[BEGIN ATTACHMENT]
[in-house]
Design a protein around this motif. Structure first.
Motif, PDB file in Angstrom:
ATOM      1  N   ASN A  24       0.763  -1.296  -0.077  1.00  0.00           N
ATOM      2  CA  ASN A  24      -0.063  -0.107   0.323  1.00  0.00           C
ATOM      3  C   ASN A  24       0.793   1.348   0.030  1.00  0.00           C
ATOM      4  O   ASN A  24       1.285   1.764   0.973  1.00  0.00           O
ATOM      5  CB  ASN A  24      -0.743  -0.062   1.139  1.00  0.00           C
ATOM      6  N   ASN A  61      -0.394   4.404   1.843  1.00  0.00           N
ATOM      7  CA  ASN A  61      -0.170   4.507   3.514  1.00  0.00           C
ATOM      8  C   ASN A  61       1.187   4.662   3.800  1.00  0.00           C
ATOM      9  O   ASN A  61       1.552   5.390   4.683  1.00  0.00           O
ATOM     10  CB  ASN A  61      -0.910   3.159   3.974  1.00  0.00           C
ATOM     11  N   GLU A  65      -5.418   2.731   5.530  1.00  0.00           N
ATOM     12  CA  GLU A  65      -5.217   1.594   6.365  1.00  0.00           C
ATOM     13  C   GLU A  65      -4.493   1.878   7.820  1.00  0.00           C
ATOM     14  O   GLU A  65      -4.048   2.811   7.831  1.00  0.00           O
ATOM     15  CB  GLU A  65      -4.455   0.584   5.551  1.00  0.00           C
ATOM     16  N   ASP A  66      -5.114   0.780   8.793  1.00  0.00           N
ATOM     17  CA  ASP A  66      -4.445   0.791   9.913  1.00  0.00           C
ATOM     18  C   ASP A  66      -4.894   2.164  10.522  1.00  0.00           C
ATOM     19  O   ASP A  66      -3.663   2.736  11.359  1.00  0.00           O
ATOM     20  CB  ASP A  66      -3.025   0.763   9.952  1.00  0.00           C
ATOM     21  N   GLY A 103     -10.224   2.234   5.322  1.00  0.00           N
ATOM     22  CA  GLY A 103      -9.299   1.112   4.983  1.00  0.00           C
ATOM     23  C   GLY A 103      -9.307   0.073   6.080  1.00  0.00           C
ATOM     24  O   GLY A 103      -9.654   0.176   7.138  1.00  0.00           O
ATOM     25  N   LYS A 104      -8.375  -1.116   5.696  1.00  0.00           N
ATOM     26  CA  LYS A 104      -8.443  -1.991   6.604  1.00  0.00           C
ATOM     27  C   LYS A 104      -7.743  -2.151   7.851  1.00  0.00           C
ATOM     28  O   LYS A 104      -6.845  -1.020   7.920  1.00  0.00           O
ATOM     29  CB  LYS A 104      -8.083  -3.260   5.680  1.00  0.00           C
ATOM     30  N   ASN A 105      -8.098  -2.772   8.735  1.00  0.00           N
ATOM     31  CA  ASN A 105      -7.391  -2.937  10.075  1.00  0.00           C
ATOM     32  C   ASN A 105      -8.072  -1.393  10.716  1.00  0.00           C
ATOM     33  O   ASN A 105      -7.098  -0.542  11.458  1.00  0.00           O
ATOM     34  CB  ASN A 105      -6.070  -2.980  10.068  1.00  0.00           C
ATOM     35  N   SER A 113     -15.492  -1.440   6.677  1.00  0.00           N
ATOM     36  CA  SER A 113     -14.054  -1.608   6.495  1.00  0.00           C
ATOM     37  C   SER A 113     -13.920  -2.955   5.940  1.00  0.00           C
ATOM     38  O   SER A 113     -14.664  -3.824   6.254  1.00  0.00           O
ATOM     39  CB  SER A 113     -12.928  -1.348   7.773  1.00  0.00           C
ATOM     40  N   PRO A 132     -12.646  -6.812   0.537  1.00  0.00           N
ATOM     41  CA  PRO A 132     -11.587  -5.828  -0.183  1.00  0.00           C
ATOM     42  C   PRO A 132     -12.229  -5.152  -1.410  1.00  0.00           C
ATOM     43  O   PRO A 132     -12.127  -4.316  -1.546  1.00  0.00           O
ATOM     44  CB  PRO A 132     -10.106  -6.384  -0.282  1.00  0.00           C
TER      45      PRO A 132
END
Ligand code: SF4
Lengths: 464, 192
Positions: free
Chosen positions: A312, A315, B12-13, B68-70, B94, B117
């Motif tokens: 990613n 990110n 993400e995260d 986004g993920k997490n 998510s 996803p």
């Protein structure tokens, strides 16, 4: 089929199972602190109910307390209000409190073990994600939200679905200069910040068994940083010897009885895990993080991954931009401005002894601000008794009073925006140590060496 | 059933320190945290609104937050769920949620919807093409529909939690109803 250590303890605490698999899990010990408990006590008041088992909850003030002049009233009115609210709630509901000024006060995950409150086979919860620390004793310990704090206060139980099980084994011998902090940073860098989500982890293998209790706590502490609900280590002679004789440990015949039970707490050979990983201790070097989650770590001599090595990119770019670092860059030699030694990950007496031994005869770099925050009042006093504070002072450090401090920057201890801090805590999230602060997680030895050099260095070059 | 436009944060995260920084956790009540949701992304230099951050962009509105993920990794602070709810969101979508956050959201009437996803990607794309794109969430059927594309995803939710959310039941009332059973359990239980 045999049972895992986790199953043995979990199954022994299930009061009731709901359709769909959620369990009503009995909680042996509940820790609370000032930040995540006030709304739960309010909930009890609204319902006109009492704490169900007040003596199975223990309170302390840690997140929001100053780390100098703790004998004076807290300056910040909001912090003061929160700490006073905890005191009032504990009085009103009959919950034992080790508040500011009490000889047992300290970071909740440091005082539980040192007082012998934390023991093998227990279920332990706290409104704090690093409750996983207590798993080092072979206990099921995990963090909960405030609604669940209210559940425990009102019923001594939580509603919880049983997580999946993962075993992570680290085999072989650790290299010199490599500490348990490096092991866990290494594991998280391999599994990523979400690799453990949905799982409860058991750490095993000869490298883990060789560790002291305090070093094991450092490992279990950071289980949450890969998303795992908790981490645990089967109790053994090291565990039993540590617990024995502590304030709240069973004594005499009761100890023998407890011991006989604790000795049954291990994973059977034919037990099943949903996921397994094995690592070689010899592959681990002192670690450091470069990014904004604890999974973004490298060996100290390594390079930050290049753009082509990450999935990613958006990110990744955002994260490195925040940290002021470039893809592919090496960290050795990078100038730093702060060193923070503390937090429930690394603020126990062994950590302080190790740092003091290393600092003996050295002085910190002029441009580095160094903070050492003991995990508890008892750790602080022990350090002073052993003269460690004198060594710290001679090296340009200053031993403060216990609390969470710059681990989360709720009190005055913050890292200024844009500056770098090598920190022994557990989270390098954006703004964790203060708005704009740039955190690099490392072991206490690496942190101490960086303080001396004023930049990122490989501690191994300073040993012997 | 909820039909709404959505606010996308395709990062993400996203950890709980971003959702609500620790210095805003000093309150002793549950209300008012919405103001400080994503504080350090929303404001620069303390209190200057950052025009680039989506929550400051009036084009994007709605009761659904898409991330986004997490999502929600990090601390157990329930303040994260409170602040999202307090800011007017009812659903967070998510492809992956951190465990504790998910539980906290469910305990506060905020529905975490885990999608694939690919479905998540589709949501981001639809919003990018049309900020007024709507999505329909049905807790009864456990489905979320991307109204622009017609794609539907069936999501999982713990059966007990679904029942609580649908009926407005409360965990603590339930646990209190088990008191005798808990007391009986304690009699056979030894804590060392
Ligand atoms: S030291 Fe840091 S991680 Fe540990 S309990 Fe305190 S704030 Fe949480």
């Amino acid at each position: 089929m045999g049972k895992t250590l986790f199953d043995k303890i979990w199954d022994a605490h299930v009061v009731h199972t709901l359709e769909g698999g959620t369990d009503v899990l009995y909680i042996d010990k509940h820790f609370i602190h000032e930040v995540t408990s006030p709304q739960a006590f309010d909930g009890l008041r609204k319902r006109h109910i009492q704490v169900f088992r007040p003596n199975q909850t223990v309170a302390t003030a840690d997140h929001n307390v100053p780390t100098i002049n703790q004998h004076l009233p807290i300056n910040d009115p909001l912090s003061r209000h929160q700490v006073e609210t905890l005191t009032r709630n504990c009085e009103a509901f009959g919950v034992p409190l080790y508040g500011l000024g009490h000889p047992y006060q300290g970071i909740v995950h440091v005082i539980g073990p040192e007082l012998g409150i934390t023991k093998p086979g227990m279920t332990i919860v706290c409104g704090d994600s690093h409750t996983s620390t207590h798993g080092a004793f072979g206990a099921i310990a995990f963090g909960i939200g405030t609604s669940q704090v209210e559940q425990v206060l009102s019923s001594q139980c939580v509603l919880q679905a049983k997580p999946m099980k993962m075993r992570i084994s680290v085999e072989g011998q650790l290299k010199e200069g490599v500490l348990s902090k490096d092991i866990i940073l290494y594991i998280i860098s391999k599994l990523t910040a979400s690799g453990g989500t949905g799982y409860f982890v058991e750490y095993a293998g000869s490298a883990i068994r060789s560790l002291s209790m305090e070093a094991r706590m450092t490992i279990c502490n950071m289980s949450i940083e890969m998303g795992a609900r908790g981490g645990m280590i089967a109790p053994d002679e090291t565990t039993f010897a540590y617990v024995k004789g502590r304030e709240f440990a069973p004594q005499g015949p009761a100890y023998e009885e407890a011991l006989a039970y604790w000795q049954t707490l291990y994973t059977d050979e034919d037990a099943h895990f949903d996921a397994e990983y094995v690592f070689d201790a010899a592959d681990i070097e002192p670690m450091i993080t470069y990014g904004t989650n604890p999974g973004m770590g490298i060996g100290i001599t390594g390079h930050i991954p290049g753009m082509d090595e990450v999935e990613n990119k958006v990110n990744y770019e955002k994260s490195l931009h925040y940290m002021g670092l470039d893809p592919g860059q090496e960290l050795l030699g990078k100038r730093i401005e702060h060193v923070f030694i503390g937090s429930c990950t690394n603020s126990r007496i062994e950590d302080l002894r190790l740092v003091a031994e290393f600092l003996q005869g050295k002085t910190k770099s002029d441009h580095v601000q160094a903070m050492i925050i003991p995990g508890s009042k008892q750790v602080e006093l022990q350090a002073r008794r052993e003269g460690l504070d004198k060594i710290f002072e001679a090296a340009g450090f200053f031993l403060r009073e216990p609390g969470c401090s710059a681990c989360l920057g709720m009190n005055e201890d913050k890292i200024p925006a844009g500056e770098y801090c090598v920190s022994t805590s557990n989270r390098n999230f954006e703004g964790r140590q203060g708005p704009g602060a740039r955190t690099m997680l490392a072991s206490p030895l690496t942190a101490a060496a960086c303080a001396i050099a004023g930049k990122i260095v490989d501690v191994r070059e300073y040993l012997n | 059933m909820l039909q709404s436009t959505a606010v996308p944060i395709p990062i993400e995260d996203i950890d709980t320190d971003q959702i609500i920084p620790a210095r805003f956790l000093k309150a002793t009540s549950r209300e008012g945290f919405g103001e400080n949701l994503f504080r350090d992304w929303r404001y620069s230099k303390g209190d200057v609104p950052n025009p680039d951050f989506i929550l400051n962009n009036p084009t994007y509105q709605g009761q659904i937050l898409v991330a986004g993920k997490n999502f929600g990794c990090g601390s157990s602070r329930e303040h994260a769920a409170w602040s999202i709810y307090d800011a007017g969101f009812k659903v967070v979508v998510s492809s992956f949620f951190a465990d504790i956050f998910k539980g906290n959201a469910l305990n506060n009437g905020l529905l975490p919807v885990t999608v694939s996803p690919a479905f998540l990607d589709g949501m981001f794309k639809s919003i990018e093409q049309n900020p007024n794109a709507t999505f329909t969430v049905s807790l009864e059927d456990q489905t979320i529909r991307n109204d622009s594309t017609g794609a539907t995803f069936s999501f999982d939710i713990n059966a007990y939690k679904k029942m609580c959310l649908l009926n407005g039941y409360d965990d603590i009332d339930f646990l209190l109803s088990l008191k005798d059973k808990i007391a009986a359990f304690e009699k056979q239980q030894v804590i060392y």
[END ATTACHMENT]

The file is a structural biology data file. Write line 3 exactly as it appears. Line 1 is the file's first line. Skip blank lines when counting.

Motif, PDB file in Angstrom: